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Intro to Embedded RE: UART Discovery and Firmware Extraction via UBoot

Intro to Embedded RE: UART Discovery and Firmware Extraction via UBoot

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Overview

Welcome to the third post in our Intro to Embedded RE series. This post will be focused on UART, UBoot, and USB using the Arcade 1UP Marvel countertop cabinet as a target. The Arcade 1Up series of cabinets are an affordable way to set up an arcade in your home. Since the launch of these cabinets, there have been plenty of mods that demonstrate how to replace the internal components of the cabinet to run generic MAME software. This post will look at the stock hardware and determine how to extract the firmware.

Cabinet Pic

Goals

With this post, we will review the following:

This blog entry aims to familiarize readers with locating an active UART on a target system, how to approach a UBoot console, and ultimately how to leverage both of these components to extract the flash memory from our target. After reading this, readers will be familiar with the screen utility the depthcharge python3 libraries.

Hardware Overview

When looking at a new target, one of the first tasks is to review the available interfaces. In the case of this arcade cabinet, the available interfaces are relatively slim at first glance. Users interact with this device through the joystick/buttons and a USB port on the side of the cabinet. There seems to be little information regarding the USB port on the side of the cabinet. Note that even in the pictures on the site, there is no USB port. However, there is a USB device port on the side of the cabinet meant to provide external controller support. On the opposite side, we have a standard headphone jack. These two peripherals behave as expected, the USB port can be used to attach an external controller, and the headphone jack works as advertised.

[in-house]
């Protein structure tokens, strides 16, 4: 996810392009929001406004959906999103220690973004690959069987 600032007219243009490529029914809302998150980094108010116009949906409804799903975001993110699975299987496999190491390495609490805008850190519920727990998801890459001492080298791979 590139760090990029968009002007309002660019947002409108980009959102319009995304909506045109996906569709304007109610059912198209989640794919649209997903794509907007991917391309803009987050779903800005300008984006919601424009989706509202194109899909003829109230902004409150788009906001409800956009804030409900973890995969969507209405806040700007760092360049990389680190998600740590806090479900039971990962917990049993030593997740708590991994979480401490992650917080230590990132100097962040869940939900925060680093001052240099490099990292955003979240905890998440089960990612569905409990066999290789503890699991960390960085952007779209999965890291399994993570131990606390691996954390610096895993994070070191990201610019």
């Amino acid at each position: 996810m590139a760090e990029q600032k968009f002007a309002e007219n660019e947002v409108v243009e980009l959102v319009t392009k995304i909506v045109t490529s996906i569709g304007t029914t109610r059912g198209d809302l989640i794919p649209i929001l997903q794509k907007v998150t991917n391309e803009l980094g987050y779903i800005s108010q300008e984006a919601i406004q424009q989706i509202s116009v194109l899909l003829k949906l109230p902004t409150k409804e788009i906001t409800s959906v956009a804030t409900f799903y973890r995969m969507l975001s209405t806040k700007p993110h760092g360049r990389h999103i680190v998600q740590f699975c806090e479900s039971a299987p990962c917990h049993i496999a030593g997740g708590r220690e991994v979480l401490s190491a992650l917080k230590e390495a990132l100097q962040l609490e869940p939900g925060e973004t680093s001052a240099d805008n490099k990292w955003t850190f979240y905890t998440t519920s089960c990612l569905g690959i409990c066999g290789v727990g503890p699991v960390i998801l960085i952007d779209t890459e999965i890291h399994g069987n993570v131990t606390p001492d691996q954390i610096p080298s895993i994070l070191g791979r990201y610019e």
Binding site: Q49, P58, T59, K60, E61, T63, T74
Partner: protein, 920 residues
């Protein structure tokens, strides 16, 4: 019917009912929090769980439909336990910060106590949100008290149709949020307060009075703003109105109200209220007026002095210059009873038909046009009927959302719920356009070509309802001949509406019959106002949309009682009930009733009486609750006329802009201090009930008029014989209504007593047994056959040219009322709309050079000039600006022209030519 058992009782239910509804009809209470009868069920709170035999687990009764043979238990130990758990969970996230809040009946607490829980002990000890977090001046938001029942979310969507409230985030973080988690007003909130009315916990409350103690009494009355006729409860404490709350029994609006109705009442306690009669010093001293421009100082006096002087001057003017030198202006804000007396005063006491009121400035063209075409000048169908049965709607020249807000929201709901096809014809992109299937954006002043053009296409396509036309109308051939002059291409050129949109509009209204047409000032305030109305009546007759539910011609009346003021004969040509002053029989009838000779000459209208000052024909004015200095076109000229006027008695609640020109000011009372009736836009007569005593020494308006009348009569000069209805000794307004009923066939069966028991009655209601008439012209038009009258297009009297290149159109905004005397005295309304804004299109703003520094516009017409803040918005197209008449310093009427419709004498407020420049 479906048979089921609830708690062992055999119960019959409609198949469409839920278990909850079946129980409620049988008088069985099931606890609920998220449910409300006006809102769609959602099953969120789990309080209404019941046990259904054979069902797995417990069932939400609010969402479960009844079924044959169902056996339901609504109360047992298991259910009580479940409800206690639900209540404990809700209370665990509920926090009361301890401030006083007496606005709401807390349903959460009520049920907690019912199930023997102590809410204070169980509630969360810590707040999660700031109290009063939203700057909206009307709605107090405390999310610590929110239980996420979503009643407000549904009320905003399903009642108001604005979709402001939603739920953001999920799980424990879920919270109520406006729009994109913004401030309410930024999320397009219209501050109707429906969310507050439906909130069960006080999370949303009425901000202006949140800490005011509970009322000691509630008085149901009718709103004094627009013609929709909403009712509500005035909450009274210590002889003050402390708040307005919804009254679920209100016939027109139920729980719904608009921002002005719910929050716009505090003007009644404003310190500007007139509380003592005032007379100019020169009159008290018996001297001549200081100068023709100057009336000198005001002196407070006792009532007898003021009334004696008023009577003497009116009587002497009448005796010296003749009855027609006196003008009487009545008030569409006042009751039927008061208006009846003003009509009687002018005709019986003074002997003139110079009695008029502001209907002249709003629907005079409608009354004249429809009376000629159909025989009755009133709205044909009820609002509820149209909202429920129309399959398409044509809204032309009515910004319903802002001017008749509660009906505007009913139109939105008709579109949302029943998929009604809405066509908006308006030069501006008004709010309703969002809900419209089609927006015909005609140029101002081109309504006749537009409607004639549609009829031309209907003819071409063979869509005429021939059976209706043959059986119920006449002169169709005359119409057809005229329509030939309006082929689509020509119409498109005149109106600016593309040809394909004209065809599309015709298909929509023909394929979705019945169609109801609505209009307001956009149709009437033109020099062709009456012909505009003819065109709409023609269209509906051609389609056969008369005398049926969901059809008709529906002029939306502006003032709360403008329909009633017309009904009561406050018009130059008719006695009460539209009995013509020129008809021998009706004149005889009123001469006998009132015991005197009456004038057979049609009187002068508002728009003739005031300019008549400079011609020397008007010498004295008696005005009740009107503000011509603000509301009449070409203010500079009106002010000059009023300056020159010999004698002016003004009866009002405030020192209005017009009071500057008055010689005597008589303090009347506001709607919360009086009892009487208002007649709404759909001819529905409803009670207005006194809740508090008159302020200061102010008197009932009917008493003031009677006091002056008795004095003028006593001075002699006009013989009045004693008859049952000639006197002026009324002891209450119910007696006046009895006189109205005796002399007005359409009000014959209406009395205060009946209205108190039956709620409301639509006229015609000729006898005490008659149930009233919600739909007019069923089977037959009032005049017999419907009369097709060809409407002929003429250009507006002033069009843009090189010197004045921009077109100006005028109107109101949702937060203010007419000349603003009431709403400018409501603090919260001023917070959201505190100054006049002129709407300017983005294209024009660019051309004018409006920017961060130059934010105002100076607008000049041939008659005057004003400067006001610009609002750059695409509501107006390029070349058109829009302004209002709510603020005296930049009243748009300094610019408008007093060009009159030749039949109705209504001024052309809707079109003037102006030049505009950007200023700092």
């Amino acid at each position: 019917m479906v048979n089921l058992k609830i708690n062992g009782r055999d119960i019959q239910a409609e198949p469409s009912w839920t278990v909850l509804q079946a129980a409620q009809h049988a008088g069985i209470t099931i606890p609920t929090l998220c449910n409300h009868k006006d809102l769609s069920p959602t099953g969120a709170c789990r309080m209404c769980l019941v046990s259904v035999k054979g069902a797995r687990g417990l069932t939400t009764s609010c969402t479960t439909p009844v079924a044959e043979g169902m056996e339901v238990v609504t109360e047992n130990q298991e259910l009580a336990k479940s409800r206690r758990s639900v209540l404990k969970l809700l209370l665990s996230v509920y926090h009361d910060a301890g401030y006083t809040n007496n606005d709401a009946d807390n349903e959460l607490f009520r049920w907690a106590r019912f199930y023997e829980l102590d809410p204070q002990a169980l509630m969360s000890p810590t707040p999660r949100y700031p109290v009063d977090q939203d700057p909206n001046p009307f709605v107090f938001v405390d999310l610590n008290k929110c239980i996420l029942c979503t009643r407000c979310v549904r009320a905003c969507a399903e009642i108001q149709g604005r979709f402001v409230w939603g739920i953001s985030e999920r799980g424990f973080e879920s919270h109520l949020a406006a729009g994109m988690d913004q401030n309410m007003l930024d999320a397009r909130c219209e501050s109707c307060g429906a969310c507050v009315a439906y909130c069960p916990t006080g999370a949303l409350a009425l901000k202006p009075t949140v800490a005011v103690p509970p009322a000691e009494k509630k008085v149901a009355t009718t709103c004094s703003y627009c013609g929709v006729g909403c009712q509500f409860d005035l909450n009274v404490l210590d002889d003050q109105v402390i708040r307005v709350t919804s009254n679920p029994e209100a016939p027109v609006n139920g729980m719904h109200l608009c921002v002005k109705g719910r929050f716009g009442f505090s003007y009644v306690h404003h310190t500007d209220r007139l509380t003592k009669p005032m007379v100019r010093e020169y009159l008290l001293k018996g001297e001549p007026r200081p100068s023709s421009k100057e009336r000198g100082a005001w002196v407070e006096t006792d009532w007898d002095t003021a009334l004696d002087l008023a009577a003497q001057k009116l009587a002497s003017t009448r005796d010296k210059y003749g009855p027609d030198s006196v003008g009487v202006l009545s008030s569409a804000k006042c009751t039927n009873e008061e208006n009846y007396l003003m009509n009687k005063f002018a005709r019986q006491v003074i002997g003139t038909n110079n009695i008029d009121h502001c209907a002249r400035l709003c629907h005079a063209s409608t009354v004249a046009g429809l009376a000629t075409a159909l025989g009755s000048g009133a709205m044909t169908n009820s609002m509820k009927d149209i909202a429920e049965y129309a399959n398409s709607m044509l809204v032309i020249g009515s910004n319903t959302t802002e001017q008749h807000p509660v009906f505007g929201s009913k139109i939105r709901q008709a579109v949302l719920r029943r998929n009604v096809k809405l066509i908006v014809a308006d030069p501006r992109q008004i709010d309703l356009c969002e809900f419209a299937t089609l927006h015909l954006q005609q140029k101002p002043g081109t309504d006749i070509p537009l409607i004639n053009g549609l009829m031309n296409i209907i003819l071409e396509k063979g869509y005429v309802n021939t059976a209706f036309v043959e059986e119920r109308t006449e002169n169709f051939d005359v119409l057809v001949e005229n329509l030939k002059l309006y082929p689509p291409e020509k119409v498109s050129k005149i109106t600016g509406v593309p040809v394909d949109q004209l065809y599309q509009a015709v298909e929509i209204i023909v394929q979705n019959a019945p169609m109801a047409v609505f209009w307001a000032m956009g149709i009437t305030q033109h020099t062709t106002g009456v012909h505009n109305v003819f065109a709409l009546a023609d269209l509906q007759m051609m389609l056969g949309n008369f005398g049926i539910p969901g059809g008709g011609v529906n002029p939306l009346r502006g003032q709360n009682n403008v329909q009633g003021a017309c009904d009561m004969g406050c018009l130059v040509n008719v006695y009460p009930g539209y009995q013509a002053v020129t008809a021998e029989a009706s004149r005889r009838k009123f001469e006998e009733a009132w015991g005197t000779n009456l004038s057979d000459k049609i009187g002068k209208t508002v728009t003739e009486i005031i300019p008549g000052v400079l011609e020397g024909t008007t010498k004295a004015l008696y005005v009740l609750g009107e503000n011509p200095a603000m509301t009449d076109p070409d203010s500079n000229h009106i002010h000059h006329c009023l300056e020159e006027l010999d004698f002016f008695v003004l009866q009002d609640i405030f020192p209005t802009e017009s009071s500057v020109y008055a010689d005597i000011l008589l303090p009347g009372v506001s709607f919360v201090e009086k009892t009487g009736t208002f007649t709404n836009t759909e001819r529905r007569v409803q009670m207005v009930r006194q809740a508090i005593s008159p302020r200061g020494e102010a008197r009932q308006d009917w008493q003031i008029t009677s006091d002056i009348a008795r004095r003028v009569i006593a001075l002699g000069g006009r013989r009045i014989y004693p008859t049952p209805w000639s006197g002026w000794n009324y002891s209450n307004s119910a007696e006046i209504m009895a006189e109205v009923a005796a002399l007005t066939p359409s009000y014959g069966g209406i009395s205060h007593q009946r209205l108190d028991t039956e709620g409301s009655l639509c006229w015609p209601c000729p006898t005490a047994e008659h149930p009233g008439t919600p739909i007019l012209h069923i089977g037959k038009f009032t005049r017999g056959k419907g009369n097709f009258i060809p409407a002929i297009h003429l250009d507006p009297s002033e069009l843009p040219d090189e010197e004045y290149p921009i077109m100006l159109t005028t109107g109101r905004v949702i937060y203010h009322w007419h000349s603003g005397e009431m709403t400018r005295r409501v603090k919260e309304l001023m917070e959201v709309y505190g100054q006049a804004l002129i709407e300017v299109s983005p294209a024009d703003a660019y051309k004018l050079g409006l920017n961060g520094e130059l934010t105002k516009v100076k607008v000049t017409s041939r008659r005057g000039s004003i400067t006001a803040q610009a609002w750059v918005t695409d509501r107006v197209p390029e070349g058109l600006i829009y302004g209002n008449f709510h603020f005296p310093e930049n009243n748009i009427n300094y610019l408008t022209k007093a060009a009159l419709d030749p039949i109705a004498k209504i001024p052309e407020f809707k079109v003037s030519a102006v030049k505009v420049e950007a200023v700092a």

RE Tip: On some older mobile phones, it was possible to configure the audio jack to present a serial terminal on boot. More information on this can be found here. Unfortunately, no such modifications worked on this platform.

With the current knowledge, there does not seem to be much more we can explore externally. So, next, we will open the cabinet up and see what is inside!

Cabinet Teardown

The cabinet is pretty empty, except for a metal housing attached to the screen.

Cabinet Internals

Beneath the metal enclosure, we find the main PCB for our cabinet; after gently removing an additional metal shield, we see the following.

Motherboard

When looking at a PCB such as this for the first time, we first want to take note of any part numbers and see if we can find any datasheets. The first component that stands out to me has been highlighted in blue.

Rockchip CPU

This part reads Rockchip RK3128 if we search this part number online, we find a large amount of information - see the information below that was pulled from the Rockchip wiki

From this description alone, we have learned much about our target processor. We now know the architecture and available peripherals and interfaces; these are useful to us as they may outline attack vectors in the future. It is important to remember that there is no such thing as too much information in this phase of the reverse engineering process. We want to learn as much about our target before attempting to interface with it.

Directly next to the CPU, we have another component highlighted in orange below.

SRAM

This component is marked SEC931 K4B2G1646F-BYMA, we are lucky and searching this part number results in this webpage from Samsung. The information on this page tells us that this is a 2GB DDR3 SDRAM chip. A datasheet can also be acquired from this page; it is always worth collecting datasheets when they are available when doing this kind of work. This chip is responsible for expanding the available memory to the CPU and providing a volatile memory source (RAM).